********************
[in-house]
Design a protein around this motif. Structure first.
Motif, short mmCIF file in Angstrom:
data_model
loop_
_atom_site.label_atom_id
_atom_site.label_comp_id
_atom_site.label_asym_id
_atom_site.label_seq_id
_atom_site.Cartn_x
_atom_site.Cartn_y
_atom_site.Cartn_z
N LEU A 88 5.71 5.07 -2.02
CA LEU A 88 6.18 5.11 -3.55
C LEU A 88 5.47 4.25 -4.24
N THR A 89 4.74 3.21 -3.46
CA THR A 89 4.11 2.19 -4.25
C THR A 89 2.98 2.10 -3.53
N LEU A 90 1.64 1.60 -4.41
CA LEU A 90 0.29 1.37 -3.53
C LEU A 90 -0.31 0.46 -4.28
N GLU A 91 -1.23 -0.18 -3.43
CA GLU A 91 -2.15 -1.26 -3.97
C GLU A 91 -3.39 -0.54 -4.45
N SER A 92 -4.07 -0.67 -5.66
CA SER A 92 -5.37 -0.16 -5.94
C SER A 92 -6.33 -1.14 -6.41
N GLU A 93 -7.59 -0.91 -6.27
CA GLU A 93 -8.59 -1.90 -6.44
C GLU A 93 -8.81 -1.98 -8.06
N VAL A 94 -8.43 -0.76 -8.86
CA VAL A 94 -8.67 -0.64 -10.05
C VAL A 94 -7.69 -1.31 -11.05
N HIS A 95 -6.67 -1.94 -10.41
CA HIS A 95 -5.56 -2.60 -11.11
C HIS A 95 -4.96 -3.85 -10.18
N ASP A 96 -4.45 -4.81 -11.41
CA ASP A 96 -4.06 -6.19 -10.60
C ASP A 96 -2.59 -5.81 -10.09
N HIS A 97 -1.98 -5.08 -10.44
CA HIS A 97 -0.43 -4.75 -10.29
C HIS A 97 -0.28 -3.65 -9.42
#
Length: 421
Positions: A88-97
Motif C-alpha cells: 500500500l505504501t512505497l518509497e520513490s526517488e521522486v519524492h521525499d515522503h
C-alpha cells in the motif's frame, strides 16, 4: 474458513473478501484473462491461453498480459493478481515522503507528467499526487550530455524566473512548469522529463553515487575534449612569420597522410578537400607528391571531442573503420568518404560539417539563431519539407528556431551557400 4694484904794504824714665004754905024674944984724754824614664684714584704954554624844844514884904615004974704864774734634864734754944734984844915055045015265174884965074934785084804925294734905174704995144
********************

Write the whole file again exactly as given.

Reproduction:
[in-house]
Design a protein around this motif. Structure first.
Motif, short mmCIF file in Angstrom:
data_model
loop_
_atom_site.label_atom_id
_atom_site.label_comp_id
_atom_site.label_asym_id
_atom_site.label_seq_id
_atom_site.Cartn_x
_atom_site.Cartn_y
_atom_site.Cartn_z
N LEU A 88 5.71 5.07 -2.02
CA LEU A 88 6.18 5.11 -3.55
C LEU A 88 5.47 4.25 -4.24
N THR A 89 4.74 3.21 -3.46
CA THR A 89 4.11 2.19 -4.25
C THR A 89 2.98 2.10 -3.53
N LEU A 90 1.64 1.60 -4.41
CA LEU A 90 0.29 1.37 -3.53
C LEU A 90 -0.31 0.46 -4.28
N GLU A 91 -1.23 -0.18 -3.43
CA GLU A 91 -2.15 -1.26 -3.97
C GLU A 91 -3.39 -0.54 -4.45
N SER A 92 -4.07 -0.67 -5.66
CA SER A 92 -5.37 -0.16 -5.94
C SER A 92 -6.33 -1.14 -6.41
N GLU A 93 -7.59 -0.91 -6.27
CA GLU A 93 -8.59 -1.90 -6.44
C GLU A 93 -8.81 -1.98 -8.06
N VAL A 94 -8.43 -0.76 -8.86
CA VAL A 94 -8.67 -0.64 -10.05
C VAL A 94 -7.69 -1.31 -11.05
N HIS A 95 -6.67 -1.94 -10.41
CA HIS A 95 -5.56 -2.60 -11.11
C HIS A 95 -4.96 -3.85 -10.18
N ASP A 96 -4.45 -4.81 -11.41
CA ASP A 96 -4.06 -6.19 -10.60
C ASP A 96 -2.59 -5.81 -10.09
N HIS A 97 -1.98 -5.08 -10.44
CA HIS A 97 -0.43 -4.75 -10.29
C HIS A 97 -0.28 -3.65 -9.42
#
Length: 421
Positions: A88-97
Motif C-alpha cells: 500500500l505504501t512505497l518509497e520513490s526517488e521522486v519524492h521525499d515522503h
C-alpha cells in the motif's frame, strides 16, 4: 474458513473478501484473462491461453498480459493478481515522503507528467499526487550530455524566473512548469522529463553515487575534449612569420597522410578537400607528391571531442573503420568518404560539417539563431519539407528556431551557400 4694484904794504824714665004754905024674944984724754824614664684714584704954554624844844514884904615004974704864774734634864734754944734984844915055045015265174884965074934785084804925294734905174704995144